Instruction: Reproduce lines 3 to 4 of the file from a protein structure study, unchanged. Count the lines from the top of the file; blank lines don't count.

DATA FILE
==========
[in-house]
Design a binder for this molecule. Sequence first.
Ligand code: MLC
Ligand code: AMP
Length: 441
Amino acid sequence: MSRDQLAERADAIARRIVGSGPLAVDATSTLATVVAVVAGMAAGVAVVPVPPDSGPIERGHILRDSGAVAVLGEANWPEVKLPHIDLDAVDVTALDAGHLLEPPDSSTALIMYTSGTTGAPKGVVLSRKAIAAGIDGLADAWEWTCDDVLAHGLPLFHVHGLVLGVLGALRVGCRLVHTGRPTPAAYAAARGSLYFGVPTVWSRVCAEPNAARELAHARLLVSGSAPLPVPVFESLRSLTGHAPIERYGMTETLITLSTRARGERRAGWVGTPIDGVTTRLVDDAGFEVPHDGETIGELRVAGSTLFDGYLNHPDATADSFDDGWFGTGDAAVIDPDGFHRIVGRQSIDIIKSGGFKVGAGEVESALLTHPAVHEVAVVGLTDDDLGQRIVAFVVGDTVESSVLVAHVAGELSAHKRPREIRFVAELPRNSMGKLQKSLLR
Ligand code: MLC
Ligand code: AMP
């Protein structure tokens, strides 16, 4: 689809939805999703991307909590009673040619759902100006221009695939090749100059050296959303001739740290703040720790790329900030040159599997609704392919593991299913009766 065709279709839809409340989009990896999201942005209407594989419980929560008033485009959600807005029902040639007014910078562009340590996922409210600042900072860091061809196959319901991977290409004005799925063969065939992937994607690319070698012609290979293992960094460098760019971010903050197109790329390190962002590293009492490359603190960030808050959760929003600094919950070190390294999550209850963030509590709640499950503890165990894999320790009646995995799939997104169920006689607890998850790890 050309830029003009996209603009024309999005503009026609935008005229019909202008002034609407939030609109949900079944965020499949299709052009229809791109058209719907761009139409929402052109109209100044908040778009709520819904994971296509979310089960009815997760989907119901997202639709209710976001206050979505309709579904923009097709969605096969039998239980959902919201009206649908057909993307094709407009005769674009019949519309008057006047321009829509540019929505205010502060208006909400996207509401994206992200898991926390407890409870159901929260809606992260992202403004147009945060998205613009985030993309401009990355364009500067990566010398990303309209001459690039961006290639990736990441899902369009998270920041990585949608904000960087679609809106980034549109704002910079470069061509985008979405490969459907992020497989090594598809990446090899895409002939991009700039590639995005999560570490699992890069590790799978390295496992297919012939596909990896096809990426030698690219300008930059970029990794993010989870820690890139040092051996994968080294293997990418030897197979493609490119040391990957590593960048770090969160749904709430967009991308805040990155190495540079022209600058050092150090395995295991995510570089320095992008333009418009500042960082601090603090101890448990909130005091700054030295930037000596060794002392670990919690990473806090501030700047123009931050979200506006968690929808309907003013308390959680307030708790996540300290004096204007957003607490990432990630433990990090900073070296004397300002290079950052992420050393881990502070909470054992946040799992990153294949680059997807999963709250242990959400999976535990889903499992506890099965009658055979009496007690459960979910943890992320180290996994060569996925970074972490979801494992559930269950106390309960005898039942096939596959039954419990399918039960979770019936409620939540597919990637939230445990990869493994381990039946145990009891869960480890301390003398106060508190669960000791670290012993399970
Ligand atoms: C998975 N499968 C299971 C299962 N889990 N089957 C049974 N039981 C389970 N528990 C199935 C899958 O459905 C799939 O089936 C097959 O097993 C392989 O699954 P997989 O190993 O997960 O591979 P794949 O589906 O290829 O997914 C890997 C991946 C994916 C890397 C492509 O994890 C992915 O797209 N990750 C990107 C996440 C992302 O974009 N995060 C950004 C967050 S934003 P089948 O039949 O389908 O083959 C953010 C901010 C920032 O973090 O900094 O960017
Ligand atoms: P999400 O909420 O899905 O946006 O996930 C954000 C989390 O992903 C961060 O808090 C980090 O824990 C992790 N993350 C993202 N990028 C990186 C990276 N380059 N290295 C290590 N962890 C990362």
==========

Ligand code: MLC
Ligand code: AMP